Mind the austerity gap.
Darragh Quigley writes:
‘Why do you use a food bank?’ asked the nice, well meaning, well spoken senior policy adviser from the ‘left leaning’ think tank, over coffee, paid for by another senior policy adviser.
For once lost for words I mumbled something about not having any food left before my dole comes through and and that I didn’t have any food sometimes.
What I didn’t say was, what the fuck? Here we have a person who advises on public policy who through the way in which our society is structured has never had to sit down with some body surviving on the sharp edge of the public and political policy he advises on.
…This cultural divide along monetary and gulf in life experience is where the ‘Ah shure it’s just an extra few euro a week.’ Mentality comes from. People so deliberately and in an incredibly calculated way were shielded and still are protected from even having to glimpse the ‘vulnerable’ way of life.
Hands up how many middle class people knew the college Joan Burton visited on that faithful day in Jobstown is also a food bank? Hands up who’s seen someone cry after being handed a tin of beans, some yogurt and pasta at a food bank? Hands up who told them they have done nothing wrong and it is a spiteful, shameful society who fucked up there, not you.
…This is how austerity works, quietly, efficiently and hidden behind economic policy and political decisions: live are destroyed, but slowly and strategically while firstly stripping people of all pride and dignity. ‘They’re less likely to fight back that way.’
At the height of a suicide epidemic what does the government decide needs to go? The bereavement grant, young men don’t usually have life insurance. The most vulnerable, private, sensitive moments offer no escape from the constant suffocating pressure of austerity. The kind of pressure which goes unseen, when the stress and turmoil we all experience with a bereavement also involves anything from not being able to afford clothes to simply not having the money for a funeral.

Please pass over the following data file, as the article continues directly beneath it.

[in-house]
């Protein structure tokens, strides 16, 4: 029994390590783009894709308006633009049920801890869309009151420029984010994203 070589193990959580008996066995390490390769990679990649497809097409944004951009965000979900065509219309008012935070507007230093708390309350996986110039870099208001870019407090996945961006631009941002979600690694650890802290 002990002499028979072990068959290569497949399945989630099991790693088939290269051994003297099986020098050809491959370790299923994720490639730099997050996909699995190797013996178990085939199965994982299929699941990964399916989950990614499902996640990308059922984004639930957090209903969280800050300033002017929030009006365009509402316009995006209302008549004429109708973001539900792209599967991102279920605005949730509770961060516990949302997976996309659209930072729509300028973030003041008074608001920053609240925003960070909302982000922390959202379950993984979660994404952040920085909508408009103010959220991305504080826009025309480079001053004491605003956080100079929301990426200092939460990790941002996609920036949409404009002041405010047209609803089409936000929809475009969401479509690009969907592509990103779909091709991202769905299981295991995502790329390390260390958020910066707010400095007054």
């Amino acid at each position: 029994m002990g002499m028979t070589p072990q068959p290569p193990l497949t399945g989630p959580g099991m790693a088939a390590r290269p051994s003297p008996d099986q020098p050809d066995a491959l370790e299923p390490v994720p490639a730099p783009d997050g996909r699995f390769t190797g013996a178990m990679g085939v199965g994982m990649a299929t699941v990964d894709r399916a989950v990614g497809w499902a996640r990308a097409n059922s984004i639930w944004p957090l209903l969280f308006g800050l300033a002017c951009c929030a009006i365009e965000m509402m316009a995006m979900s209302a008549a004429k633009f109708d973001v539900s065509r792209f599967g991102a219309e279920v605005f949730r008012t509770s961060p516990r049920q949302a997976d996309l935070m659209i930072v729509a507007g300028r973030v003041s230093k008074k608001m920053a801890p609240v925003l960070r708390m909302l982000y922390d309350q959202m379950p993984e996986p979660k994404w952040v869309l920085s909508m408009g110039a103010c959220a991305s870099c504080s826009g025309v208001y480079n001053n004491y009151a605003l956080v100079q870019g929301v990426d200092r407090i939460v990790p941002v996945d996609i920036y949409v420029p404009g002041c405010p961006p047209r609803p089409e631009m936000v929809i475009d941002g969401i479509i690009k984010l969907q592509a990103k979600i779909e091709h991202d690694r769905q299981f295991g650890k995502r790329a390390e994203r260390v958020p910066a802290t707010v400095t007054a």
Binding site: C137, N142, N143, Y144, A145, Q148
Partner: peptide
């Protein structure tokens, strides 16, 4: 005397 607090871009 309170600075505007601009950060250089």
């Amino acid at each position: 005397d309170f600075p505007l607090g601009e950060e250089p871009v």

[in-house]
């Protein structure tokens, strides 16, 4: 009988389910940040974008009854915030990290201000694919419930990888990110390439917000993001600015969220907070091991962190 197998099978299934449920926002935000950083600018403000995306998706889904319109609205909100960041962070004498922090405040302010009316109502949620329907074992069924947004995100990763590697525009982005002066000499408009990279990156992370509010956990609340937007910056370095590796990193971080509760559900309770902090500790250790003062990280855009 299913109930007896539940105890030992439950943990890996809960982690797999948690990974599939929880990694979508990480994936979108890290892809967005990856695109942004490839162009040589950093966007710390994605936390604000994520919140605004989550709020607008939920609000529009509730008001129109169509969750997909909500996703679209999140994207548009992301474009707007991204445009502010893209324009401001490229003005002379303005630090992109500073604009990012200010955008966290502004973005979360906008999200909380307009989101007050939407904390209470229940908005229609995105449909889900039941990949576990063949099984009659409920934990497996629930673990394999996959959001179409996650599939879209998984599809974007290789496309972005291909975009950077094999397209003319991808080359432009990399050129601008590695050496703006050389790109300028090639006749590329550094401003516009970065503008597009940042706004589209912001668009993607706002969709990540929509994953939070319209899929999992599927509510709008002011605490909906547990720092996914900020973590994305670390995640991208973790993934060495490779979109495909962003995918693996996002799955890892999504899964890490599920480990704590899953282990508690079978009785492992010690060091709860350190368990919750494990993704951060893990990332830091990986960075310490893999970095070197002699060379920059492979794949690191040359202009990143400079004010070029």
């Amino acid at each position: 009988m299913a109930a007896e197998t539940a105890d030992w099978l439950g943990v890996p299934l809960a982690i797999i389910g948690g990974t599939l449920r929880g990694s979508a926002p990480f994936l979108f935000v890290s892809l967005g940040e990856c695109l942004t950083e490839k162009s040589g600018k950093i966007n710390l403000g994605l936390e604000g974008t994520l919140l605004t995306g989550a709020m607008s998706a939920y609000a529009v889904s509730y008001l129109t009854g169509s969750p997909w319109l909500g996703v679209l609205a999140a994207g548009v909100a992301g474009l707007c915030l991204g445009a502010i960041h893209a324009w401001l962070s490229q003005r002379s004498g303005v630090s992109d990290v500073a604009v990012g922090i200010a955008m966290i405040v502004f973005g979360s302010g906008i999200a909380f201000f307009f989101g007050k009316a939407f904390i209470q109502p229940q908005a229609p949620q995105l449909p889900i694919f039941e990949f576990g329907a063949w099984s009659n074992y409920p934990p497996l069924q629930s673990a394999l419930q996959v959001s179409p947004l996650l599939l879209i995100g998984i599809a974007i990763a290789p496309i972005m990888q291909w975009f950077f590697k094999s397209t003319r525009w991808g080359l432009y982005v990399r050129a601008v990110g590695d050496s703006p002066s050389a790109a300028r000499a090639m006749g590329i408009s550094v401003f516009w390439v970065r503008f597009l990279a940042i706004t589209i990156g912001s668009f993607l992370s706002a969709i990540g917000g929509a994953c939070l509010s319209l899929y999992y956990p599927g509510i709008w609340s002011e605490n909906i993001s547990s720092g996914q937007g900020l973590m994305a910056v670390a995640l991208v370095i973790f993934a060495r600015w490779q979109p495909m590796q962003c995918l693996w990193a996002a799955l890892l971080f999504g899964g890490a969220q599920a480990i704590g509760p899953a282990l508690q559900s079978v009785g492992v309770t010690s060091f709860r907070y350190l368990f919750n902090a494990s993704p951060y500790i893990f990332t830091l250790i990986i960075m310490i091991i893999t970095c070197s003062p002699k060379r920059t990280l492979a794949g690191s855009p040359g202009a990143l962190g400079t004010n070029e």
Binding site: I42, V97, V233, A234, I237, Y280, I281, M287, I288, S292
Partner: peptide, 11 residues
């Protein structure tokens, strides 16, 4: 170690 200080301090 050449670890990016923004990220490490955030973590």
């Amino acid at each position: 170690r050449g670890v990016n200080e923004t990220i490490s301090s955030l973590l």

…The officer class desperate to believe the recovery narrative, terrified to look the cold hard data and facts in the eye. Austerity has failed, for us, for the 80 people who own half the world’s wealth, media, and exert huge political and economic power, it has been a fantastic success. Its also ideology, austerity is a belief system there is no ‘science of economics’ behind it.
Even economists don’t believe the austerity model, as discussed with Bill Black at Kilkenomics only about 10% subscribe to that school of thought, i’ts a way of thinking which is rewarded by our society and those 80 or so people who own half the worlds wealth.
Economists, academics and journalists have been kept in tenuous positions and easy to control. The herd behaviour our great commentators fretted about ended up applying to them, too afraid to question the dominant ideology they went along with the gang. With The Irish Times reading like a string of middle class people afraid to lose their jobs, fall through the cracks and end up in the public system.
Austerity restructures society in such a way that policy makers can’t even conceive the effect of their policies…(more at link below)